The five minutes that follow those: Grow weary of counting the fifteen floor tiles and try to count the tiny holes in the ceiling. Realize that I am outnumbered. Switch to a sampling method and attempt to multiply in my head. Most likely, fail at that. Round up. By a vast margin.
For half an hour after this and that: Play stupid games on my phone that really serve no purpose, other than to occupy me, and the time I have allotted. Remember that the games are much easier and more fun on an actual computer, not a tiny screen, and yearn for a bigger computer. Remember that there are better things to hope for and go back to yearning for wide open spaces.
For five minutes that come right after those: “Hi, God. Are you there? It’s me. Philip. ‘sup?”
For the last two minutes: Do stupid, silly, random physical stuff. Stretch. Handstands. (Confined spaces are helpful for those.) Maybe attempt a few push-ups?
Then comes freedom. Thank the tech profusely. Run out and see the sky with new eyes. Try to adjust to life without artificial lighting above. Go home to the cat. Realize that your furry roommate does not want excuses or stories. Just food. The end.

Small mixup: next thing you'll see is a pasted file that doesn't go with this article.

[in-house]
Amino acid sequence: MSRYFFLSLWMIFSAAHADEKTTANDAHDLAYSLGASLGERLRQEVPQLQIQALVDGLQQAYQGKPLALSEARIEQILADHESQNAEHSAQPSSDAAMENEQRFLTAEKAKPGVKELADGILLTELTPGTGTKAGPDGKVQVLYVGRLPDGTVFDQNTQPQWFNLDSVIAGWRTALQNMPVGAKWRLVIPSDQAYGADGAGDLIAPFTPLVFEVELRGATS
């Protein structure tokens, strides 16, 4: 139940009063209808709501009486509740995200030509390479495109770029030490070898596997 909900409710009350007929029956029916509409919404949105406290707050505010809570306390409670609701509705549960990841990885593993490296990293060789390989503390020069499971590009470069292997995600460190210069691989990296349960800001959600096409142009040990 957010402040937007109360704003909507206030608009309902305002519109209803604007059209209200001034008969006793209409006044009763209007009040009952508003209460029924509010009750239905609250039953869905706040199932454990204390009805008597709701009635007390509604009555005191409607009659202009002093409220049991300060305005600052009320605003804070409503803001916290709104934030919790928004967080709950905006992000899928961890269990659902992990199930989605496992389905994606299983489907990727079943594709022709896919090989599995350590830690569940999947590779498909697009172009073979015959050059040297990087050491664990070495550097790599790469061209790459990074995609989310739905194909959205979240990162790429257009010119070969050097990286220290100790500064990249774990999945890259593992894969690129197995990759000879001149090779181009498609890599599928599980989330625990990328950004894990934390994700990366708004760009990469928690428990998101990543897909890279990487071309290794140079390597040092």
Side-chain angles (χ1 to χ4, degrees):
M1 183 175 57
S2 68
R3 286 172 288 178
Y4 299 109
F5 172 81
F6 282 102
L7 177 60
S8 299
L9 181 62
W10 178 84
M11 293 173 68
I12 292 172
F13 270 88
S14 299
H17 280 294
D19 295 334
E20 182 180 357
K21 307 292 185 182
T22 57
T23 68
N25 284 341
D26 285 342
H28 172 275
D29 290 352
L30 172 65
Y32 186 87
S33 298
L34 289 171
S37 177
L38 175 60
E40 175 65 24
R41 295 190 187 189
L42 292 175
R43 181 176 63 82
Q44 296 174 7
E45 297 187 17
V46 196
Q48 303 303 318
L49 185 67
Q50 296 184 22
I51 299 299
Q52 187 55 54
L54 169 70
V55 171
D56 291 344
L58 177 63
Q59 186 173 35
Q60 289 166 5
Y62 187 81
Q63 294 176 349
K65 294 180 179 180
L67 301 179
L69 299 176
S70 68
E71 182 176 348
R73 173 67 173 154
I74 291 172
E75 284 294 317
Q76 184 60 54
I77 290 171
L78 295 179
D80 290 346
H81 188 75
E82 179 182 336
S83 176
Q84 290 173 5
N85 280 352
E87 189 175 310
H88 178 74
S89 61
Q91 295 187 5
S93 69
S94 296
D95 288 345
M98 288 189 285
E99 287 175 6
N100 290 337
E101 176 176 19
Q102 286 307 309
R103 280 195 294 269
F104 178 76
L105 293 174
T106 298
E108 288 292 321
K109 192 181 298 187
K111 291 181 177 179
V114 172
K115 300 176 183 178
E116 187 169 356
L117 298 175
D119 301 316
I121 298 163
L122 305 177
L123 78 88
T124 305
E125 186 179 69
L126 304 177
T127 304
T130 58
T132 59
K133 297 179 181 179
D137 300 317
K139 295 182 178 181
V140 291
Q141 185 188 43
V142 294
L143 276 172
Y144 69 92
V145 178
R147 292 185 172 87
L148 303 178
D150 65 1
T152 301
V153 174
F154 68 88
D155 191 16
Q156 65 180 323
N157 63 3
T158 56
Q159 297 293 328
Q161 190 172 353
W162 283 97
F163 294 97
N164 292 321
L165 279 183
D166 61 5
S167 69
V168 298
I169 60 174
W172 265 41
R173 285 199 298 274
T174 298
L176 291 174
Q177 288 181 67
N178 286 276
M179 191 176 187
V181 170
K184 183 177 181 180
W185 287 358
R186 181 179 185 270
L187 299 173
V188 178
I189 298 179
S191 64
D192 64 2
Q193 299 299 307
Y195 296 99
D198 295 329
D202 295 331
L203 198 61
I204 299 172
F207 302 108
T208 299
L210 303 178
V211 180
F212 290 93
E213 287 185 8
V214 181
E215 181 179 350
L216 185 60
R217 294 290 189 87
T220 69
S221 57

I reckon I should bring up a few favorable points here.
—It was not me that got stuck in the elevator! Ha! I told you! I warned you for months! Who has never gotten stuck? This guy! Why? Because he does not take the stupid elevators!
—It was almost me. If one more person had taken the elevator before, it would have been my turn.
—If I had not taken the elevator, my cohort would have gotten trapped when I was not there. And the three-hundred-plus people that we had waiting for a presentation would have grown increasingly impatient for two hours. That is what we call, “a close one.”
—A week later, I saw my coworker… after he just got off the elevator. The same elevator! Gah!
Sigh. I try to tell these kids. But all work relationships have their ups and downs.